Union president dismayed over furloughs

Howell Township has implemented a plan to “force furlough” its blue collar and white collar employees for up to 12 weeks over the 2009 calendar year.

The 125-plus employees are members of the Transport Workers Union Local 225, Branch 4, and are very angry, dismayed and totally opposed to any furlough or layoff plan.

We are the employees that can least afford this financial hardship, yet are always the hardest hit when the town gets into financial trouble. Residents should be very concerned about this because furloughs will affect the level of services the town will be able to provide.

The TWU has filed an unfair labor practice charge with the Public Employment Relations Commission in Trenton to fight this injustice. The TWU will not be strong-armed.

The Township Council will begin, this month, to review the proposed 2009 budget, and the TWU will be there to introduce ways the town could save money to lessen the 12 weeks of furlough.

The council passed the 2008 budget on July 10, 2008, with a zero tax increase. This set the stage for creating the budget crises for 2009 and beyond.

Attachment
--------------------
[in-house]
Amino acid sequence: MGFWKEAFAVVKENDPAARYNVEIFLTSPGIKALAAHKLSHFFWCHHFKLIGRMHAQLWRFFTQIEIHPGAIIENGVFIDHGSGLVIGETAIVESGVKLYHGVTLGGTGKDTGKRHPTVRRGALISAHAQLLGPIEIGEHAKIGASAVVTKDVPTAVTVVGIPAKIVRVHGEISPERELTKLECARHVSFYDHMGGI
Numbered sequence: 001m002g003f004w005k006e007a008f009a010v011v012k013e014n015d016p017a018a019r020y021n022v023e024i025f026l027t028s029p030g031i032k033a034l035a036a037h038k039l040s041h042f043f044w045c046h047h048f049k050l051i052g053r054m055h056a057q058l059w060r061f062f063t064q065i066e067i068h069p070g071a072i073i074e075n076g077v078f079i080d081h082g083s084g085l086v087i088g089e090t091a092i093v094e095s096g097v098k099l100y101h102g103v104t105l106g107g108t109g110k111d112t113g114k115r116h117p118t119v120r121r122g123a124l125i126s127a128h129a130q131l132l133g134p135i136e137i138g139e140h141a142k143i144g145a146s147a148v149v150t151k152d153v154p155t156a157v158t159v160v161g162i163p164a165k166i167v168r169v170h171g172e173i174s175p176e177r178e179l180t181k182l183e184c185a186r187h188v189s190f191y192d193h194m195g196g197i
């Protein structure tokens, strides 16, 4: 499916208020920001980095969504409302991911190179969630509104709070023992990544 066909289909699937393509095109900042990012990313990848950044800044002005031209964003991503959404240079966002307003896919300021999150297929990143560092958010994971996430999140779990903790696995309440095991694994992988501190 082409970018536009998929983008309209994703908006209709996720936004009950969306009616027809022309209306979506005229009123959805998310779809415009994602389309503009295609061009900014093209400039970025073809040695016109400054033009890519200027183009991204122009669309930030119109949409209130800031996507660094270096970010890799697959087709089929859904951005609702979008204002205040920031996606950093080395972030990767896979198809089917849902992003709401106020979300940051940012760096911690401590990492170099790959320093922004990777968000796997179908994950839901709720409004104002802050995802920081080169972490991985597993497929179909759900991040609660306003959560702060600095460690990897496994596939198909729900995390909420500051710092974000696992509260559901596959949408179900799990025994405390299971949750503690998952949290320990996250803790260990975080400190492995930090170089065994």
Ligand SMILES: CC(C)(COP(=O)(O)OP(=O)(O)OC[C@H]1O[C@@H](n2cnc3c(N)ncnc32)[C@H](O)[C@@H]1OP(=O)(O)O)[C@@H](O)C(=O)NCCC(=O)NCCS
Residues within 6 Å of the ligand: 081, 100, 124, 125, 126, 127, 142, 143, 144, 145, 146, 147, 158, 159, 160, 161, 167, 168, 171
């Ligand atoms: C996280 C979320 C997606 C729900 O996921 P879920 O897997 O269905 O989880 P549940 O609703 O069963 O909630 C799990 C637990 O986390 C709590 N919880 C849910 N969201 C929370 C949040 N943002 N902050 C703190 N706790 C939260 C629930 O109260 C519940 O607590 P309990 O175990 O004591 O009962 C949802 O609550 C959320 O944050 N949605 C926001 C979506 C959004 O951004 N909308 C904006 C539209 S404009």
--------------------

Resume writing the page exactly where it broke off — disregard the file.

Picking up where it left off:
The union believes that the budget caps imposed by Trenton are nothing more than “bargaining through legislation,” which is just plain anti-union and anti-American, and are a prelude to “privatization.”

The services provided to the residents of Howell by TWU members are invaluable and irreplaceable through “privatization.”

Just a fraction of the duties our members perform for the residents are: keeping the streets safe and in drivable condition, doing major pipe work, repairing sidewalks, cleaning up litter, picking up bulk items for the homeowner, plowing snow for public safety and convenience.

And, keeping the parks and recreation facilities safe and in top condition, keeping the town buildings maintained and clean, keeping the court and police department running at a peak level of performance, as is the case with all of the other departments like engineering, building, code, tax collection, tax assessor, the clerk’s office, and any other department from which the employees provide services.

The employee-provided services are provided with dedication, commitment, professionalism and accountability, things the taxpayer will never get from a private contractor.

All unions know these are perilous economic times that call for extraordinary measures and unprecedented sacrifices, but like always it seems the little guy, the average working person, is made to do most of the sacrificing. These forced furloughs are like a paper hospital gown: no matter how you turn it, it don’t cover you.
Christopher W. Mikkelson
Transport Workers Union
Local 225, Branch 4
Brick Township